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Virginia agency won't release 1,700 records on Ford talks

Gov. Glenn Youngkin gives remarks on his proposed tax cut, Monday, Jan. 23, 2023, at Weinstein Jewish Community Center in Richmond, Va. (Shaban Athuman/Richmond Times-Dispatch via AP)

RICHMOND, Va. (AP) — Virginia's economic development agency says it has at least 1,700 emails and documents pertaining to talks about the possibility of a Ford Motor Co. battery plant landing at a Danville-area megasite. But it won't release any of them under the state's public records law.

The Associated Press sought the records in January after Republican Gov. Glenn Youngkin disclosed that he intervened in an apparent effort by Virginia to land the project. Youngkin objected to the role of a Chinese company in the joint venture, which he has characterized as a “front” for the Chinese Communist Party that would raise national security concerns.

Lisa Wallmeyer, general counsel for the Virginia Economic Development Partnership, wrote in an email this week that about 1,700 emails and documents were found that matched AP's request but were being withheld for two reasons.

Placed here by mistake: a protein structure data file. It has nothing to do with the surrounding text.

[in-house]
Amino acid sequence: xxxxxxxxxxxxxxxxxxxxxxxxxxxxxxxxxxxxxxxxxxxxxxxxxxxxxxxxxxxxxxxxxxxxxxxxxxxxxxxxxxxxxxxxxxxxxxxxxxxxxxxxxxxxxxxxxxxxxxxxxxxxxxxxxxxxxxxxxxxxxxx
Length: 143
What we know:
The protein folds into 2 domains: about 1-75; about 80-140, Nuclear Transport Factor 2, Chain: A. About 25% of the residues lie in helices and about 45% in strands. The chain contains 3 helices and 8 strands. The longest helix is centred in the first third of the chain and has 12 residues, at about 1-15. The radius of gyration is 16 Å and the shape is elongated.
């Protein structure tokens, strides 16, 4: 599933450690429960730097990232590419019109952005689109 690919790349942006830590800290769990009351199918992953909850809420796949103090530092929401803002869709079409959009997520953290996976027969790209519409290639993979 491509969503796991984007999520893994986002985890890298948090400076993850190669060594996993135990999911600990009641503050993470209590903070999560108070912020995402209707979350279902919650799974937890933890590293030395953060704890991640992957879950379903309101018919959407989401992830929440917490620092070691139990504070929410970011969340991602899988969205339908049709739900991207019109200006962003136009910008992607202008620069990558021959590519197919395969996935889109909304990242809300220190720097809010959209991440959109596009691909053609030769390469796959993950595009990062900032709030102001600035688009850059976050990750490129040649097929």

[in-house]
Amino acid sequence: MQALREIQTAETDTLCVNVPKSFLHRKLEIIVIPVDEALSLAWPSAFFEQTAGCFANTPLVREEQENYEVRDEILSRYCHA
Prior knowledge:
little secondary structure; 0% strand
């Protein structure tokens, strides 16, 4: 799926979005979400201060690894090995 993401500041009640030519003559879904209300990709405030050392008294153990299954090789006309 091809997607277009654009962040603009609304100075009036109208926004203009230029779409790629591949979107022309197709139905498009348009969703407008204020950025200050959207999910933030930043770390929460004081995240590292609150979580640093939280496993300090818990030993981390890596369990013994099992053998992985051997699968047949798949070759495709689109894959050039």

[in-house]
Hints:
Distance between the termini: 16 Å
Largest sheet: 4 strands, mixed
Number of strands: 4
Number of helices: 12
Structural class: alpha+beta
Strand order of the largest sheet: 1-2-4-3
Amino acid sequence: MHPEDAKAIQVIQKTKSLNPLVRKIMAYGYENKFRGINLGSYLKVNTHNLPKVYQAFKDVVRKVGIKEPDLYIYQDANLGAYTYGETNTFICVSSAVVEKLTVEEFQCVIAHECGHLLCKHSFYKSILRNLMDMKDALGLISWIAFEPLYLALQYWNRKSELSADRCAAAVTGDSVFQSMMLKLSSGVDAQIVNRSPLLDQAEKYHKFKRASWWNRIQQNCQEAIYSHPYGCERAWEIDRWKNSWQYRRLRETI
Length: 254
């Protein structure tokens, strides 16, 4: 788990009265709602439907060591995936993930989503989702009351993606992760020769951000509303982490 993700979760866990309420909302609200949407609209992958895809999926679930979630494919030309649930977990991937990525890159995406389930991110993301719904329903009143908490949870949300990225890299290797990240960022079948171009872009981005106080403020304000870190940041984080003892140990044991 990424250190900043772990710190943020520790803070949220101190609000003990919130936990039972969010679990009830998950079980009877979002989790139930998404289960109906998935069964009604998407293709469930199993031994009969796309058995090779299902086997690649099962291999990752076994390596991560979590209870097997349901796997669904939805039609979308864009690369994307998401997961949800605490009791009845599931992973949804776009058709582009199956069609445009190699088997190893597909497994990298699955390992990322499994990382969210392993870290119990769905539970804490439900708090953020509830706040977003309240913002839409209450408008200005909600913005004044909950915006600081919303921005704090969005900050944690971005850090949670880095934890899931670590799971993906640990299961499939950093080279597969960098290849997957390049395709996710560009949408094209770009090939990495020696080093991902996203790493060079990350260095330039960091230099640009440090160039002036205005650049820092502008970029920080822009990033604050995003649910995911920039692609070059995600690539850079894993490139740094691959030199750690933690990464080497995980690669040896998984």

Wallmeyer said some records contain proprietary information voluntarily provided by a private business pursuant to a promise of confidentiality. Others are “memorandum and working papers developed by VEDP staff, the disclosure of which would adversely affect the financial interest of the public body,” she wrote.

The AP sought emails that included any discussion of the possible project in the possession of certain agency leaders and staff of the business investment division.

Separately, VEDP confirmed that no record exists of an incentive package offered by the state connection with the potential project. That's in line with a timeline provided by the governor, who has said the project never reached end-stage talks and that no incentive package was submitted.

Reaction to the disclosure by Youngkin — who is widely seen as a possible 2024 presidential contender — has largely split along partisan lines. Democrats have accused him of putting his political ambitions ahead of a chance to secure a major job-creation project, while Republicans have largely been supportive and say the site has been preserved for a better-suited project.